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NFL clears Pats of headset suspicion; electrical issue, weather at fault

FOXBOROUGH, Mass. -- The NFL says the New England Patriots had nothing to do with audio interference that rendered the Pittsburgh Steelers' coaching headsets useless during the first quarter on opening night Thursday.

Spokesman Michael Signora said Friday that the league believes the problem "involved no manipulation by any individual and that the Patriots had nothing to do with it."

The statement said the problem was "entirely attributable to an electrical issue made worse by the inclement weather" and that the league "will continue to review the matter to determine if there are technical steps that can be taken to avoid similar problems from occurring in other games."

Steelers coach Mike Tomlin said after the 28-21 loss to the Patriots that Pittsburgh's coach-to-coach headsets picked up New England's radio broadcast for the majority of the first half, preventing his staff from communicating with one another.

Tomlin added that communication problems are "always the case" when playing at New England. But on Friday, the Steelers said they didn't plan to file a formal complaint.

Friday morning, a report on Steelers.com, the team's official website, said that whenever an NFL representative was on the Patriots' sideline, the Steelers' headsets cleared, but when the representative walked away, the game broadcast returned. ESPN has not been able to independently confirm that report, which was unattributed.

A source with knowledge of the NFL's reaction said Friday morning that when the league determined Pittsburgh's communications were down, it was in the process of shutting down the Patriots' headsets when the problem was resolved. The problem resurfaced briefly but was then resolved and did not recur.

Patriots coach Bill Belichick said he had problems with his headsets, too. And he said "it's just not right" that his team is repeatedly being accused of cheating.

"They told us they were on the verge of shutting it off, but then I guess they got it working," Belichick said. "I don't know, but it was a problem the whole game. We almost had to switch helmets with[Patriots quarterback Tom] Bradythere at the end. Couldn't get the plays in to him. It was a problem all night."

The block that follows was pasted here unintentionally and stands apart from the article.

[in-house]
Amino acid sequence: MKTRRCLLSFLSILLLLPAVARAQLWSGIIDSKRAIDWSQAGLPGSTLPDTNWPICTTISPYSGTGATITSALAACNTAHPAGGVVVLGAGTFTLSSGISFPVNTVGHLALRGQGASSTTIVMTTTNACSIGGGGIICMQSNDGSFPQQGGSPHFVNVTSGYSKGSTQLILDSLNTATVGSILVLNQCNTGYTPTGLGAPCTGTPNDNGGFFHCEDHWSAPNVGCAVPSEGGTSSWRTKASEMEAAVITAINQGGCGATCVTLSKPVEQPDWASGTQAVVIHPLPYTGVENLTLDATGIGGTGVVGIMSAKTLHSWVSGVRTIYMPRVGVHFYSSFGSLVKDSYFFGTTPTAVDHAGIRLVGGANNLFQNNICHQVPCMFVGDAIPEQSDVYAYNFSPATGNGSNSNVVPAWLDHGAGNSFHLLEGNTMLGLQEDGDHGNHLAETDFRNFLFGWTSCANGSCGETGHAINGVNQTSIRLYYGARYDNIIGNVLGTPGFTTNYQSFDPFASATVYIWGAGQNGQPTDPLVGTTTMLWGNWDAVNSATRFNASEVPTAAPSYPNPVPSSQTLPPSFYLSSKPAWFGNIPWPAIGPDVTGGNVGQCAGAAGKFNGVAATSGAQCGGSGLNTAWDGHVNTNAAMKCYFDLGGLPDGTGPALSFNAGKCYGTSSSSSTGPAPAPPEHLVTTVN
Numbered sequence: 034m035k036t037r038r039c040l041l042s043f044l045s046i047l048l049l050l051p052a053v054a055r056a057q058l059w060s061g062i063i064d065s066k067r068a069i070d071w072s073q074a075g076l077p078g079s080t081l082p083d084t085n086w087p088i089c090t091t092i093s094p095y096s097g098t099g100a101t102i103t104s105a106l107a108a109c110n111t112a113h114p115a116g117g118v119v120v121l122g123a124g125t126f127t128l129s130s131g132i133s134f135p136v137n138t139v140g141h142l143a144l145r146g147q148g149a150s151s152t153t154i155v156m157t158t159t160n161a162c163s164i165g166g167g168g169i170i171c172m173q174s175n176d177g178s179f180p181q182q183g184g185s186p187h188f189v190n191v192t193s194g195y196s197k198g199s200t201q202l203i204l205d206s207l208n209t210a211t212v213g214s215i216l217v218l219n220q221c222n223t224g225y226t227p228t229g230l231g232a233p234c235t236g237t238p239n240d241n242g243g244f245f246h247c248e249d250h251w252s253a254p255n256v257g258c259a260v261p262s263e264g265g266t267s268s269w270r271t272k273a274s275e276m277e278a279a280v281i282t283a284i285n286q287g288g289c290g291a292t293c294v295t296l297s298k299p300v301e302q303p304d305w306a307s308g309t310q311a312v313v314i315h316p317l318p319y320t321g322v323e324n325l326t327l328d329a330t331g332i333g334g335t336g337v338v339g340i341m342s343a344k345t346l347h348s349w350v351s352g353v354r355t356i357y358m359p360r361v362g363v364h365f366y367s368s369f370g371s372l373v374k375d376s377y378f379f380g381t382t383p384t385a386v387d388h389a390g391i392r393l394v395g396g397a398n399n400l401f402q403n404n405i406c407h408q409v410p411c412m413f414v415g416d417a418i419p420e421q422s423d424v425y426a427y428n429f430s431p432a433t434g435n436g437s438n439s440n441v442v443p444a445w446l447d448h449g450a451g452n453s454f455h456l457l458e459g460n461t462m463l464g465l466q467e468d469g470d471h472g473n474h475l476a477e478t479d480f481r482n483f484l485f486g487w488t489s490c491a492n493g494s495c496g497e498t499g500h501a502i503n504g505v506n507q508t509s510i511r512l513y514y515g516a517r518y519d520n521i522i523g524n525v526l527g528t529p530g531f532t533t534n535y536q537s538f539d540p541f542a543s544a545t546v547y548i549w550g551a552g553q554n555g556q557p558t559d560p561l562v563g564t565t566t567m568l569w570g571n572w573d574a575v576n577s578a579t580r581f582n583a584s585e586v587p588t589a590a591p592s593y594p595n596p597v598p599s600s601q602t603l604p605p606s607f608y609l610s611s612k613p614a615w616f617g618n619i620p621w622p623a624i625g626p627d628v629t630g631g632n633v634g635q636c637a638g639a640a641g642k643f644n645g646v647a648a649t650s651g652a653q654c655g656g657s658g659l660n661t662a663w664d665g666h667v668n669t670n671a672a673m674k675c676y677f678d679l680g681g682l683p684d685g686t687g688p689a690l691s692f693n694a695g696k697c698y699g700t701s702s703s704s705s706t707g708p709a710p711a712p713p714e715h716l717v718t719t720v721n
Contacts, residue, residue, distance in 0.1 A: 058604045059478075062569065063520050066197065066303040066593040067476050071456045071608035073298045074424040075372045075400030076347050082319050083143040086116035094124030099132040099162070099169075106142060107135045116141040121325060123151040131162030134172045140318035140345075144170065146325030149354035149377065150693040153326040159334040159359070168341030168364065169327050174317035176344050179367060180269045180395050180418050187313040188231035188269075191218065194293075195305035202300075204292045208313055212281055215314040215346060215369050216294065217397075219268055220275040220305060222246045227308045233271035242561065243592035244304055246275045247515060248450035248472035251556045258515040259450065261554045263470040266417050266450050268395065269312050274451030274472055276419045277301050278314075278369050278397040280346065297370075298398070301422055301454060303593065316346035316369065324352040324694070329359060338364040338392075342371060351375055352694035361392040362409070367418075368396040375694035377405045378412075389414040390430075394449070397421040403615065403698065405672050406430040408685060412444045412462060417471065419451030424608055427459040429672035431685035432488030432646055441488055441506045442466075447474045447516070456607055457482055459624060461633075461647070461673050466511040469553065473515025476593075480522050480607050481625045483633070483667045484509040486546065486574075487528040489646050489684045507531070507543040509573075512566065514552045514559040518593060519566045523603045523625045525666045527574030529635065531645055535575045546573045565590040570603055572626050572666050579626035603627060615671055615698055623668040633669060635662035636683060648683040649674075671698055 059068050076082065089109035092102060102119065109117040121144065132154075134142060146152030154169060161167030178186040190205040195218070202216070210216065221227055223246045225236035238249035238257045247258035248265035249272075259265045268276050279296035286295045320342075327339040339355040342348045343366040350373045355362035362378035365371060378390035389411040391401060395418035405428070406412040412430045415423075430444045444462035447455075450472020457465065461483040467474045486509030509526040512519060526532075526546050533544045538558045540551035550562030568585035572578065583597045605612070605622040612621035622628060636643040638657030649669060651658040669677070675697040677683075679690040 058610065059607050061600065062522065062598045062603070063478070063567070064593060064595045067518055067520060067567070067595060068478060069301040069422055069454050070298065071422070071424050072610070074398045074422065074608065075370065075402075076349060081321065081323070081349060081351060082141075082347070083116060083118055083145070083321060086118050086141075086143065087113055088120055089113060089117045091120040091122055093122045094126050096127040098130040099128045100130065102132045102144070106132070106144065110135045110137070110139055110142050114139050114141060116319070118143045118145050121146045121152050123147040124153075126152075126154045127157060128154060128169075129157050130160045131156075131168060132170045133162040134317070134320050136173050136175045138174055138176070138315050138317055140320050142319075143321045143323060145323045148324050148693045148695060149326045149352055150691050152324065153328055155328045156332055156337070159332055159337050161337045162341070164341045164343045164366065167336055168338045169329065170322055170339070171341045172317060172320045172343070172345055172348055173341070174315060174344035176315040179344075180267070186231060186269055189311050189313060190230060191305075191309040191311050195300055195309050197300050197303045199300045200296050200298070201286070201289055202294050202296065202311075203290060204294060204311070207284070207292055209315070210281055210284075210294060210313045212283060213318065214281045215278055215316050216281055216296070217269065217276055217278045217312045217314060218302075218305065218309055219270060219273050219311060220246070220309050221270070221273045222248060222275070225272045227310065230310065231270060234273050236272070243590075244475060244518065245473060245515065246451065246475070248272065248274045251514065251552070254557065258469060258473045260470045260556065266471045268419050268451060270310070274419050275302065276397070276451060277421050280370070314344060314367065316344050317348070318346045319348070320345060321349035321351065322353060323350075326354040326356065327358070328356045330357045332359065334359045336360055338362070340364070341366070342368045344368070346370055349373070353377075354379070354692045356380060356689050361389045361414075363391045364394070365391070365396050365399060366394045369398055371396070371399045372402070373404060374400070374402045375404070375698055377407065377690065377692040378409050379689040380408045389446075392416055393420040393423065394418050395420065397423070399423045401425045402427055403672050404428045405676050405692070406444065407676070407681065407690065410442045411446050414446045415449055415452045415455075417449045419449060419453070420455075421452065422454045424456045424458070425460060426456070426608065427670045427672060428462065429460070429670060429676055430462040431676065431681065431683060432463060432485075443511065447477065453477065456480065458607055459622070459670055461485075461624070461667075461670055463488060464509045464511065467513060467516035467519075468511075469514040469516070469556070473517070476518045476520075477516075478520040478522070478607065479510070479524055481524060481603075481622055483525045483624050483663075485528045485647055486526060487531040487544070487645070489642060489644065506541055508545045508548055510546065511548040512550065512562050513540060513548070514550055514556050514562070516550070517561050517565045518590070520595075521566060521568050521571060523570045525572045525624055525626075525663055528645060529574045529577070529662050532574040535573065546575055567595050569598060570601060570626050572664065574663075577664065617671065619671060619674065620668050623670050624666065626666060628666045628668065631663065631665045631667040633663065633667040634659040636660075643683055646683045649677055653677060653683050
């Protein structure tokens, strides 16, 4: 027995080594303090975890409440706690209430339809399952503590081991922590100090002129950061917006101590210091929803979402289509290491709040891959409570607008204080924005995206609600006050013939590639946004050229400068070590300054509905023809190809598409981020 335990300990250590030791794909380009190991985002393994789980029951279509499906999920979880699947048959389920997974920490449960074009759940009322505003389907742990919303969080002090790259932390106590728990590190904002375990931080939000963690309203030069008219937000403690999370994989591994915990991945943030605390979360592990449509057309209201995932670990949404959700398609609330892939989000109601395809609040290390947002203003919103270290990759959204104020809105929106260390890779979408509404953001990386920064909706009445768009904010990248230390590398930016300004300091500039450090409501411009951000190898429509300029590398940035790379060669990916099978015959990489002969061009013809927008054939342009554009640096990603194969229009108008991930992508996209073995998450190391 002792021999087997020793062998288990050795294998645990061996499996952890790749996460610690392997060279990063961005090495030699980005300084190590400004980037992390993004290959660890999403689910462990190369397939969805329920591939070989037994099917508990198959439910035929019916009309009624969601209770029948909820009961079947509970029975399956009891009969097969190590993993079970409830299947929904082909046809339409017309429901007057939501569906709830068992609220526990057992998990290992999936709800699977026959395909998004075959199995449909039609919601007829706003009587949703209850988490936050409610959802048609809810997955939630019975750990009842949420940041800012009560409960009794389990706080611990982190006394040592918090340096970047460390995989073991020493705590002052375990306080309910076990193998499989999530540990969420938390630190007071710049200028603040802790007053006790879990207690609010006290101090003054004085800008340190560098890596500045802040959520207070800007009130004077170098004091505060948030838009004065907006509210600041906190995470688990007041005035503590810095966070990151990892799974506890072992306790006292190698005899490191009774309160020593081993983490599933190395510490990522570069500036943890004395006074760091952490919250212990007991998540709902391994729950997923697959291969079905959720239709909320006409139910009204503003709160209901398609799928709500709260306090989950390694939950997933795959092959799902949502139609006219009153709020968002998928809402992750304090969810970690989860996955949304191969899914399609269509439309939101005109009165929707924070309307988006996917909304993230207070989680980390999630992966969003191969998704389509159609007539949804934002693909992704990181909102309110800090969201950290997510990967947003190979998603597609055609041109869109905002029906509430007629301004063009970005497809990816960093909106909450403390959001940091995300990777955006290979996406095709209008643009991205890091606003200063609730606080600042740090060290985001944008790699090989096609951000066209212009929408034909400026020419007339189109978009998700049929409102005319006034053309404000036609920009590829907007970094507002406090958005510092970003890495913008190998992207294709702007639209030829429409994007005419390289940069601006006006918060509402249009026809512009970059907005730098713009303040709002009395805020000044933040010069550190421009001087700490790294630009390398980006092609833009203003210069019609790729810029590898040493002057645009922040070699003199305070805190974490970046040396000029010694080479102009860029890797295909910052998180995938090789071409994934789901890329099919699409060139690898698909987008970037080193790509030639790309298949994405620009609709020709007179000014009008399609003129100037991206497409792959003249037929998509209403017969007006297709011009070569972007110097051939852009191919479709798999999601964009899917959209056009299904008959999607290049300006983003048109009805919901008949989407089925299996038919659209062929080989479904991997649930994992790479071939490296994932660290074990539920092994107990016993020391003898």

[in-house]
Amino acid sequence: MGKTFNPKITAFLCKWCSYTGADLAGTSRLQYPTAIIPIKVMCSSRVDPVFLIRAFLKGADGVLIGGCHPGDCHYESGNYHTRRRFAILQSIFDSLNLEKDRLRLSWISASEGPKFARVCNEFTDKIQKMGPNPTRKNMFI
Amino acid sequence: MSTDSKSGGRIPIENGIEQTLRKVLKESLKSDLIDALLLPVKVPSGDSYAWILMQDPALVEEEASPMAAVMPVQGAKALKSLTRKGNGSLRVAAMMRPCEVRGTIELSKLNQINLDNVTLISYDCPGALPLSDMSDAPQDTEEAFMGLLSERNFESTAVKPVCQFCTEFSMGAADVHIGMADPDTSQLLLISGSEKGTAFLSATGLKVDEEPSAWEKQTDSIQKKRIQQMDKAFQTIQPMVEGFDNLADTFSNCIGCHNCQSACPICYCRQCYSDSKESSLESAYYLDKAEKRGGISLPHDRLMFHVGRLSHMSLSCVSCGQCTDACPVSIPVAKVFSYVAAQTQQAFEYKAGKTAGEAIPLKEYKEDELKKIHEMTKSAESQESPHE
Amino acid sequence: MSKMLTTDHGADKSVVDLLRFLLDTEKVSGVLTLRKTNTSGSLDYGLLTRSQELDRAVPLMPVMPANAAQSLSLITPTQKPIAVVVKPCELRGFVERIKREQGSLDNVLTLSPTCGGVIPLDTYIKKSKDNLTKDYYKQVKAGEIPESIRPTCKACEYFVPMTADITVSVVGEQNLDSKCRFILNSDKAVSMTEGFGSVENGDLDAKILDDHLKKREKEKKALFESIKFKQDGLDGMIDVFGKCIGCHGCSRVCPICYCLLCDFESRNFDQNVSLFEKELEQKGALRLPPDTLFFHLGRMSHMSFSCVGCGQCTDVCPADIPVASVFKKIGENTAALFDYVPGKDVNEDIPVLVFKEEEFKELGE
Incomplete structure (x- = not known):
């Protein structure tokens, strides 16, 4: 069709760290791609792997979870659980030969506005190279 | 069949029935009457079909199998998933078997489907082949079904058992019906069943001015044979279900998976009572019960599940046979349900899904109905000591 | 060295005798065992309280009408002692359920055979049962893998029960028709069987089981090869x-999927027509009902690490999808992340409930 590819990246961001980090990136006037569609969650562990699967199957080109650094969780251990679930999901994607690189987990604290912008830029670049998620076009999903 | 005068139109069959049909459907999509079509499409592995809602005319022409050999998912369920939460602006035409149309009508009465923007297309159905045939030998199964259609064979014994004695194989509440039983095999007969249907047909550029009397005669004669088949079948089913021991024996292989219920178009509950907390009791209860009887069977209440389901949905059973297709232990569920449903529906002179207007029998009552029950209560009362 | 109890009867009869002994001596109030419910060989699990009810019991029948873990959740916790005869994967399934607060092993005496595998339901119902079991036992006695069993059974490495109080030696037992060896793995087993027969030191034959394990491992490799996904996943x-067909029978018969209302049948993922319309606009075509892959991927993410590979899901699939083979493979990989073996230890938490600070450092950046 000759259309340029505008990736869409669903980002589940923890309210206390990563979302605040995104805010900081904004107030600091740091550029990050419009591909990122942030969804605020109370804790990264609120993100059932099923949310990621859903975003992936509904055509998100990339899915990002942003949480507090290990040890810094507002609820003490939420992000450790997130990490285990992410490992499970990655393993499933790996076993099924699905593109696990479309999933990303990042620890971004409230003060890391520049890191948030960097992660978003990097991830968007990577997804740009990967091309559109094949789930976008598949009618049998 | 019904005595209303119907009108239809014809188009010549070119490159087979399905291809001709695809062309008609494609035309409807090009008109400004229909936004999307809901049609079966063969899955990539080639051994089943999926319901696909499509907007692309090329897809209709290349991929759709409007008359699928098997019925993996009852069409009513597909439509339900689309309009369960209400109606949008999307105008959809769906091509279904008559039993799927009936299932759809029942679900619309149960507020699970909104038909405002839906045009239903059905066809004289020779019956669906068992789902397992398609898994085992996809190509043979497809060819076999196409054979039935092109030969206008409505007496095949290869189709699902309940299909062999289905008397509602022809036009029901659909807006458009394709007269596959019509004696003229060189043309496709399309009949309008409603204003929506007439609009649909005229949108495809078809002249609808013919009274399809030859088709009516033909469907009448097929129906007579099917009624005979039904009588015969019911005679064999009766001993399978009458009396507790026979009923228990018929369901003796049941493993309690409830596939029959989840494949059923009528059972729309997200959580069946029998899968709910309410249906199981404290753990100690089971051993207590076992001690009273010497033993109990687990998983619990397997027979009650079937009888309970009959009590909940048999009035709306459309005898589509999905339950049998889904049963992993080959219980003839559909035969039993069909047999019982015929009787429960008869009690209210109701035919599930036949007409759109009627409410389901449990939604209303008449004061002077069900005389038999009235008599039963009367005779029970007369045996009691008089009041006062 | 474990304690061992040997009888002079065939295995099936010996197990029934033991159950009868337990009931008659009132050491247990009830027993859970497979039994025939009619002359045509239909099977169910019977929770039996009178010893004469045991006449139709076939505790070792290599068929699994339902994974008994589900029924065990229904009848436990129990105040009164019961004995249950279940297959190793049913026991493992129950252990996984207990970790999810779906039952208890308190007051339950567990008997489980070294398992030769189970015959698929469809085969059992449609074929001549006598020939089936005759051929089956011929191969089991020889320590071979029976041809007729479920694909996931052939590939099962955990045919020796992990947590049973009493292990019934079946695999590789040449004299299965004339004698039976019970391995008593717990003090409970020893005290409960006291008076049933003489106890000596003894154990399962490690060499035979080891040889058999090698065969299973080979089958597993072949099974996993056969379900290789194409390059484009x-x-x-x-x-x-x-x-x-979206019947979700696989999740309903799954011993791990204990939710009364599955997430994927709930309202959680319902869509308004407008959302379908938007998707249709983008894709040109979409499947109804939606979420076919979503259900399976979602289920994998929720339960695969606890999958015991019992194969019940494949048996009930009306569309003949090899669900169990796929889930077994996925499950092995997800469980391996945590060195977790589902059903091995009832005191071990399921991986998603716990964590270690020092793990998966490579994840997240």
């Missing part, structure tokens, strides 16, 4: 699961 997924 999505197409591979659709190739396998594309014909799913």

Houston Texans coach Bill O'Brien, who worked on Belichick's staff in various capacities from 2007 to '11, said "a headset issue happens every game. It happened in Dallas [Houston's final preseason game]. It happens here [in Houston]. It happens wherever I've been."

There have been notable instances of headset failures from past seasons:

In the 2010 AFC Championship Game between theJetsand Steelers in Pittsburgh, New York quarterback Mark Sanchez had trouble receiving calls over the radio in his helmet. At one point during the game, the Jets had to use a walkie-talkie to relay play calls to Sanchez.

In a 2005 wild-card game between the Jaguars and the Patriots in Foxborough, Jacksonville experienced communication malfunctions between coach Jack Del Rio and his assistants as they tried to send the plays in to Byron Leftwich for much of the first half. Del Rio said he asked officials to take those systems away from the Patriots but was told there was no rule requiring that.

In May, Karlos Dansby told NBC Radio that the headset in his helmet stopped working during a 2008 game at New England and that he suspected foul play. It was snowing that day, and the Patriots won in a blowout.

"My headset was working fine, every game," Dansby told Pro Football Talk, "until the very last game of the year. We get in Foxborough, they couldn't get my headset fixed, for nothing in the world."

The Associated Press contributed to this report.

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